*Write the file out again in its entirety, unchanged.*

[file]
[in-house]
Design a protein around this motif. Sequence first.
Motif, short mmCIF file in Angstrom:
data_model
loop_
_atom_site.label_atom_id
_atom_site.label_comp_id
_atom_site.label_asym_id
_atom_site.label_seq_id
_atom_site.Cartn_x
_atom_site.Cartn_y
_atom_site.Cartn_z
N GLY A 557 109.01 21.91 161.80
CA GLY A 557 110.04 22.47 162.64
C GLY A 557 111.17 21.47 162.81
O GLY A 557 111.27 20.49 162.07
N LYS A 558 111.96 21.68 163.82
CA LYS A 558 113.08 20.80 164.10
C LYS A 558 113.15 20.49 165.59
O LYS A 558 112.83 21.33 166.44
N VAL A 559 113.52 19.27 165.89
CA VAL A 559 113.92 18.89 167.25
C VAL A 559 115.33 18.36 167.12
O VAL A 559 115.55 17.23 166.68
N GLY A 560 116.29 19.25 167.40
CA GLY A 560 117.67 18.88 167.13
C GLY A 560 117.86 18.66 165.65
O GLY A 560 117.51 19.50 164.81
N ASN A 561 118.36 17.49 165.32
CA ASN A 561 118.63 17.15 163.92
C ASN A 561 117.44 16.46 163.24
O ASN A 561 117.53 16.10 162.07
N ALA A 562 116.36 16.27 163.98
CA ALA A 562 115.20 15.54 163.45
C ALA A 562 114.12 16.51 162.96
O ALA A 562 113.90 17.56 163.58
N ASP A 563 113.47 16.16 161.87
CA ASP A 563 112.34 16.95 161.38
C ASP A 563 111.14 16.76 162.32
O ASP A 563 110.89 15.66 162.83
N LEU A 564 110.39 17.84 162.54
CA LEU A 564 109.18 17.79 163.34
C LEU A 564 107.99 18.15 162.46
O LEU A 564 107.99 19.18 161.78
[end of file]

[in-house]
Design a protein around this motif. Sequence first.
Motif, short mmCIF file in Angstrom:
data_model
loop_
_atom_site.label_atom_id
_atom_site.label_comp_id
_atom_site.label_asym_id
_atom_site.label_seq_id
_atom_site.Cartn_x
_atom_site.Cartn_y
_atom_site.Cartn_z
N GLY A 557 109.01 21.91 161.80
CA GLY A 557 110.04 22.47 162.64
C GLY A 557 111.17 21.47 162.81
O GLY A 557 111.27 20.49 162.07
N LYS A 558 111.96 21.68 163.82
CA LYS A 558 113.08 20.80 164.10
C LYS A 558 113.15 20.49 165.59
O LYS A 558 112.83 21.33 166.44
N VAL A 559 113.52 19.27 165.89
CA VAL A 559 113.92 18.89 167.25
C VAL A 559 115.33 18.36 167.12
O VAL A 559 115.55 17.23 166.68
N GLY A 560 116.29 19.25 167.40
CA GLY A 560 117.67 18.88 167.13
C GLY A 560 117.86 18.66 165.65
O GLY A 560 117.51 19.50 164.81
N ASN A 561 118.36 17.49 165.32
CA ASN A 561 118.63 17.15 163.92
C ASN A 561 117.44 16.46 163.24
O ASN A 561 117.53 16.10 162.07
N ALA A 562 116.36 16.27 163.98
CA ALA A 562 115.20 15.54 163.45
C ALA A 562 114.12 16.51 162.96
O ALA A 562 113.90 17.56 163.58
N ASP A 563 113.47 16.16 161.87
CA ASP A 563 112.34 16.95 161.38
C ASP A 563 111.14 16.76 162.32
O ASP A 563 110.89 15.66 162.83
N LEU A 564 110.39 17.84 162.54
CA LEU A 564 109.18 17.79 163.34
C LEU A 564 107.99 18.15 162.46
O LEU A 564 107.99 19.18 161.78